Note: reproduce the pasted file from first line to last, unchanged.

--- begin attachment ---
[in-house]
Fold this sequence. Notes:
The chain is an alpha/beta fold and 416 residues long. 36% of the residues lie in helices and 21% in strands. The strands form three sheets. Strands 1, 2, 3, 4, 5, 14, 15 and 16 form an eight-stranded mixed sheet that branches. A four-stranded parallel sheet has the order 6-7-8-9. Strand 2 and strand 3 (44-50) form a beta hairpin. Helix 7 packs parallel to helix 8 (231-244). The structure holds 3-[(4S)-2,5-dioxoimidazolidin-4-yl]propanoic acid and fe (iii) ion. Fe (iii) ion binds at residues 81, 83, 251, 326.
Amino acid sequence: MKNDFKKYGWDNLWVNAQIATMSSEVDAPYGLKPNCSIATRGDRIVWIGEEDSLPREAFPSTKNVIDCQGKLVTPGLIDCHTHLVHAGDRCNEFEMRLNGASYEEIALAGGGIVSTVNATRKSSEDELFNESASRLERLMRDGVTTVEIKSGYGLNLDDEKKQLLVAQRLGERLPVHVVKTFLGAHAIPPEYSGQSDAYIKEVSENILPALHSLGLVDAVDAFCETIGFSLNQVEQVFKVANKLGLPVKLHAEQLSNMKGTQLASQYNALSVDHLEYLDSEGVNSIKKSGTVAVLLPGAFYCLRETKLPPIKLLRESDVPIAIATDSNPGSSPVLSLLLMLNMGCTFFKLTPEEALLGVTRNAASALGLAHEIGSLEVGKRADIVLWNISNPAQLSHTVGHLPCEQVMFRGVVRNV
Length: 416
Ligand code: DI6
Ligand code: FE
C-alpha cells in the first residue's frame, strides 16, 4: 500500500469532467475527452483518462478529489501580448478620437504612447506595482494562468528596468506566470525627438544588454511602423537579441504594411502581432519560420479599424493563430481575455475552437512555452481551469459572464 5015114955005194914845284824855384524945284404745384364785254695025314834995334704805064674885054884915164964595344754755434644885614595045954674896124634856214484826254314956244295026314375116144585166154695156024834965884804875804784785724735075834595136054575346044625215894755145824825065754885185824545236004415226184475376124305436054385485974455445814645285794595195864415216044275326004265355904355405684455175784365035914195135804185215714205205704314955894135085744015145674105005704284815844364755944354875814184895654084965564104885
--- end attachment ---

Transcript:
[in-house]
Fold this sequence. Notes:
The chain is an alpha/beta fold and 416 residues long. 36% of the residues lie in helices and 21% in strands. The strands form three sheets. Strands 1, 2, 3, 4, 5, 14, 15 and 16 form an eight-stranded mixed sheet that branches. A four-stranded parallel sheet has the order 6-7-8-9. Strand 2 and strand 3 (44-50) form a beta hairpin. Helix 7 packs parallel to helix 8 (231-244). The structure holds 3-[(4S)-2,5-dioxoimidazolidin-4-yl]propanoic acid and fe (iii) ion. Fe (iii) ion binds at residues 81, 83, 251, 326.
Amino acid sequence: MKNDFKKYGWDNLWVNAQIATMSSEVDAPYGLKPNCSIATRGDRIVWIGEEDSLPREAFPSTKNVIDCQGKLVTPGLIDCHTHLVHAGDRCNEFEMRLNGASYEEIALAGGGIVSTVNATRKSSEDELFNESASRLERLMRDGVTTVEIKSGYGLNLDDEKKQLLVAQRLGERLPVHVVKTFLGAHAIPPEYSGQSDAYIKEVSENILPALHSLGLVDAVDAFCETIGFSLNQVEQVFKVANKLGLPVKLHAEQLSNMKGTQLASQYNALSVDHLEYLDSEGVNSIKKSGTVAVLLPGAFYCLRETKLPPIKLLRESDVPIAIATDSNPGSSPVLSLLLMLNMGCTFFKLTPEEALLGVTRNAASALGLAHEIGSLEVGKRADIVLWNISNPAQLSHTVGHLPCEQVMFRGVVRNV
Length: 416
Ligand code: DI6
Ligand code: FE
C-alpha cells in the first residue's frame, strides 16, 4: 500500500469532467475527452483518462478529489501580448478620437504612447506595482494562468528596468506566470525627438544588454511602423537579441504594411502581432519560420479599424493563430481575455475552437512555452481551469459572464 5015114955005194914845284824855384524945284404745384364785254695025314834995334704805064674885054884915164964595344754755434644885614595045954674896124634856214484826254314956244295026314375116144585166154695156024834965884804875804784785724735075834595136054575346044625215894755145824825065754885185824545236004415226184475376124305436054385485974455445814645285794595195864415216044275326004265355904355405684455175784365035914195135804185215714205205704314955894135085744015145674105005704284815844364755944354875814184895654084965564104885